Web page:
Main Page | See live article | Alphabetical index

Gilbert and Ellice Islands

The Gilbert and Ellice Islands were a British protectorate and colony from 1857 until 1 January 1976, when the islands were divided into two colonies: the Gilbert Islands, now part of the nation Kiribati, and the Ellice Islands, which became the independent nation Tuvalu in 1978.

The protectorate was established by the Pacific Islands Protection Act of 1857, and a High Commissioner was appointed in 1893. The islands became a Crown Colony in 1916. Christmas Island joined in 1919, and Fanning Island in 1939. The colony's capital was at Tarawa.

Postage stamps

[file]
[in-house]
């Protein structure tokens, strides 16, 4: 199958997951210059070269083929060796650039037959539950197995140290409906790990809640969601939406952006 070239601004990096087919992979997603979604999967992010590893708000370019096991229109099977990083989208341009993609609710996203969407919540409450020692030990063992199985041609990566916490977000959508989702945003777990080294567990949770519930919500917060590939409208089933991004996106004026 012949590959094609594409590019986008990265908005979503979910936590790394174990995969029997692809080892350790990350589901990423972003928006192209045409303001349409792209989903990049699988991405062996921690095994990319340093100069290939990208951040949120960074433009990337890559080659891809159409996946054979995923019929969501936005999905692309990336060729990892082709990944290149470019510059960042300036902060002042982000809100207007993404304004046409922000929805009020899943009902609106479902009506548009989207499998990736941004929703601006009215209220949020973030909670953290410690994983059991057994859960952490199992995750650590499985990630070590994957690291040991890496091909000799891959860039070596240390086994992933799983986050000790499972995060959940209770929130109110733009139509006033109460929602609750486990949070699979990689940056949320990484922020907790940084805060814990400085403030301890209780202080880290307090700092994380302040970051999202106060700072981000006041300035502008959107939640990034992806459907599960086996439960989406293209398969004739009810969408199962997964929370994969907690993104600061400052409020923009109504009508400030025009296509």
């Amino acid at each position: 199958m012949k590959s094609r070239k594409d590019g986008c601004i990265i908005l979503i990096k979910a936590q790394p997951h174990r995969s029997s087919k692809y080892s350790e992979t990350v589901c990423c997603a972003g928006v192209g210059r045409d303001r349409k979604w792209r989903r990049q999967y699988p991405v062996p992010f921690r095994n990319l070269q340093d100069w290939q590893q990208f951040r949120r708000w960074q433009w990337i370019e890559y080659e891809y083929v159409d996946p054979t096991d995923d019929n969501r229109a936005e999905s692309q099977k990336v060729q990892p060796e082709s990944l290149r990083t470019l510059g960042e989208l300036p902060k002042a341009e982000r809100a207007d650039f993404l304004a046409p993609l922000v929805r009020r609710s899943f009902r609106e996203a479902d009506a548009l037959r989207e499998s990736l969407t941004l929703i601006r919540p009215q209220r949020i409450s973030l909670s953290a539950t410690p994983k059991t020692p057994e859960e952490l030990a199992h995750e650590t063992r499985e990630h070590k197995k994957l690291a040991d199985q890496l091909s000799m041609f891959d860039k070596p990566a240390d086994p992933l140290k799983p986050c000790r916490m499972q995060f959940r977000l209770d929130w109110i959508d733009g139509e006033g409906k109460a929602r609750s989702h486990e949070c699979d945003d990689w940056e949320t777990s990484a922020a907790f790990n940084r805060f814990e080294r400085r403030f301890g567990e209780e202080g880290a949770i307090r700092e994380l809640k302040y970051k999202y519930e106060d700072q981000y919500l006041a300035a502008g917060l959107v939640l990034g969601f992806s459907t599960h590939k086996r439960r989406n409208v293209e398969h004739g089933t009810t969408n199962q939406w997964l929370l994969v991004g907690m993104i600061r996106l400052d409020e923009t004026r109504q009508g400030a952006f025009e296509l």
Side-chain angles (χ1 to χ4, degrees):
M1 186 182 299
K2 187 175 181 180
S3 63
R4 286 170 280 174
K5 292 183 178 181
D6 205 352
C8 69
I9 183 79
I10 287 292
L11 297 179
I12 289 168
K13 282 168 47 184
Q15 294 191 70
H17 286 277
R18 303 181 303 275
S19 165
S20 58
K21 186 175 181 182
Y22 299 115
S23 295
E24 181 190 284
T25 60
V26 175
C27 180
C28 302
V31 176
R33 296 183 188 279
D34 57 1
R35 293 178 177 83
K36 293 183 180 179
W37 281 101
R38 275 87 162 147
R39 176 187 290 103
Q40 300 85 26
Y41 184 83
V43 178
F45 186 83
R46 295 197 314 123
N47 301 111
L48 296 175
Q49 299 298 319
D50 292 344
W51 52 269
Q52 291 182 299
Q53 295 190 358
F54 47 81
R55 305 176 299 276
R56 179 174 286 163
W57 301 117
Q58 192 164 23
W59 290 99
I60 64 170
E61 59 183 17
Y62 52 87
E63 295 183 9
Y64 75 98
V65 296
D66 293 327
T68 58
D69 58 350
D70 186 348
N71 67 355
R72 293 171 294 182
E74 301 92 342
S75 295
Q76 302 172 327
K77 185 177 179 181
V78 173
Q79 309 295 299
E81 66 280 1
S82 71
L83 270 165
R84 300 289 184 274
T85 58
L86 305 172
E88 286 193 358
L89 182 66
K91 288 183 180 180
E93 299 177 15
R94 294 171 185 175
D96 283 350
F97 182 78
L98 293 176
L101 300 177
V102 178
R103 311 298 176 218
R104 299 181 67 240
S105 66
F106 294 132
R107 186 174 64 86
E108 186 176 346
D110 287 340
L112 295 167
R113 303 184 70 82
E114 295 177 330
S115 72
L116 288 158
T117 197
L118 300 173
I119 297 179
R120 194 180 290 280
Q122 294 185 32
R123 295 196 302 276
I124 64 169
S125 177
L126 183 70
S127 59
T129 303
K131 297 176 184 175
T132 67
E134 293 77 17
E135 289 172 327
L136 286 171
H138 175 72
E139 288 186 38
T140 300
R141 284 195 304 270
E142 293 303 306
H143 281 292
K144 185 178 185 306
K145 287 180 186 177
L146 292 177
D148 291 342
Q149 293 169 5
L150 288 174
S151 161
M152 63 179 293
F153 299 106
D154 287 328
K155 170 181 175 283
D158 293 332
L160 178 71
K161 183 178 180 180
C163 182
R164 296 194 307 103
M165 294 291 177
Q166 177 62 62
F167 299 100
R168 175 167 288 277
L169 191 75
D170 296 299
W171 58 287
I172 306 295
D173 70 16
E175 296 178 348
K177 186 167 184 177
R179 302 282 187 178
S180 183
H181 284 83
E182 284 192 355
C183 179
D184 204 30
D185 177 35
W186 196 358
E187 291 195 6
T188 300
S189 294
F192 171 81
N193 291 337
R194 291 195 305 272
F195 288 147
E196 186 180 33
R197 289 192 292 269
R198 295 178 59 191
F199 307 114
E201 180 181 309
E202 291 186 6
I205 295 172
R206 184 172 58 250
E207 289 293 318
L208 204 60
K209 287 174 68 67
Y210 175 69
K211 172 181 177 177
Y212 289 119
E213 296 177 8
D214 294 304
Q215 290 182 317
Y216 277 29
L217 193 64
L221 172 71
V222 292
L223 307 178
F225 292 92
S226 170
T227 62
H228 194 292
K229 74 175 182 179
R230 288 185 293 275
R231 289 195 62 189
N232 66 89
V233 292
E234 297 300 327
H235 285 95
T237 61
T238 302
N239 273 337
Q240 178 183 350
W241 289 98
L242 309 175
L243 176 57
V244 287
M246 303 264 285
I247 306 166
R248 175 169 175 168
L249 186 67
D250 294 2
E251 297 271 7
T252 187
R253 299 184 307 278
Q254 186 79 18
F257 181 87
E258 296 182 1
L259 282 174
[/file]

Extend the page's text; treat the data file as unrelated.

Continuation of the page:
Originally mail service was ad hoc, depending on which ships were calling at the various islands. A regular service began in 1911; Edward VII postage stamps of Fiji were overprinted GILBERT & ELLICE / PROTECTORATE and put on sale 1 January of that year, followed by March by a set of four stamps depicting a Pandanus tree, inscribed "GILBERT & ELLICE ISLANDS / PROTECTORATE".

These were followed in 1912 by George V stamps of the common type, inscribed "GILBERT & ELLICE ISLANDS". A new definitive series came out starting 14 January, 1939, featuring local scenery and a profile of George VI. These were updated in 1956 with a profile of Elizabeth II.

A set of four stamps on 1 May 1960 commemorated the 60th anniversary of the discovery of phosphate at Ocean Island. The definitive series of 1965 depicted daily activites of the natives, but a decimal currency conversion necessitated surcharges in 1966 and a reissue of the stamps in 1968. The colony issued about 10-15 stamps per year thereafter, usually as sets of four, until the end of 1975.